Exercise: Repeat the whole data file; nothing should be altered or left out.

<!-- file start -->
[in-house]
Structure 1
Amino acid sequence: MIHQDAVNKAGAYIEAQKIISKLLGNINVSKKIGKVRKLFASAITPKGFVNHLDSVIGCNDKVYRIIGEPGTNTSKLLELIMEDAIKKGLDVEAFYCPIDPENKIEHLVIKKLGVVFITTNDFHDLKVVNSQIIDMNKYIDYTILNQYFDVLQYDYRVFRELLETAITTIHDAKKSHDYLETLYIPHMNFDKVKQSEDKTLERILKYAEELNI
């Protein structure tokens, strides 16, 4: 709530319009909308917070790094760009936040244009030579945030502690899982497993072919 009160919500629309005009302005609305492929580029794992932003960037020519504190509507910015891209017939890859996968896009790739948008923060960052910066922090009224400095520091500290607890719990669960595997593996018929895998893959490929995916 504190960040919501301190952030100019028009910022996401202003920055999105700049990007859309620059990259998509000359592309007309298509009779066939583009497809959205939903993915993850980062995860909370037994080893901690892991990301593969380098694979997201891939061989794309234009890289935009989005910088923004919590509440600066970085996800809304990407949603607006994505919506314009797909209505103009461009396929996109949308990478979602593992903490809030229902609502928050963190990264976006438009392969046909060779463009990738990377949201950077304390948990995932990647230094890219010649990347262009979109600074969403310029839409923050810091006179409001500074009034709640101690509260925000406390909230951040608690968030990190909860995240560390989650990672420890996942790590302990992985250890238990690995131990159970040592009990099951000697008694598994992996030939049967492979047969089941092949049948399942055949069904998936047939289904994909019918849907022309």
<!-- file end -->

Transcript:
[in-house]
Structure 1
Amino acid sequence: MIHQDAVNKAGAYIEAQKIISKLLGNINVSKKIGKVRKLFASAITPKGFVNHLDSVIGCNDKVYRIIGEPGTNTSKLLELIMEDAIKKGLDVEAFYCPIDPENKIEHLVIKKLGVVFITTNDFHDLKVVNSQIIDMNKYIDYTILNQYFDVLQYDYRVFRELLETAITTIHDAKKSHDYLETLYIPHMNFDKVKQSEDKTLERILKYAEELNI
């Protein structure tokens, strides 16, 4: 709530319009909308917070790094760009936040244009030579945030502690899982497993072919 009160919500629309005009302005609305492929580029794992932003960037020519504190509507910015891209017939890859996968896009790739948008923060960052910066922090009224400095520091500290607890719990669960595997593996018929895998893959490929995916 504190960040919501301190952030100019028009910022996401202003920055999105700049990007859309620059990259998509000359592309007309298509009779066939583009497809959205939903993915993850980062995860909370037994080893901690892991990301593969380098694979997201891939061989794309234009890289935009989005910088923004919590509440600066970085996800809304990407949603607006994505919506314009797909209505103009461009396929996109949308990478979602593992903490809030229902609502928050963190990264976006438009392969046909060779463009990738990377949201950077304390948990995932990647230094890219010649990347262009979109600074969403310029839409923050810091006179409001500074009034709640101690509260925000406390909230951040608690968030990190909860995240560390989650990672420890996942790590302990992985250890238990690995131990159970040592009990099951000697008694598994992996030939049967492979047969089941092949049948399942055949069904998936047939289904994909019918849907022309």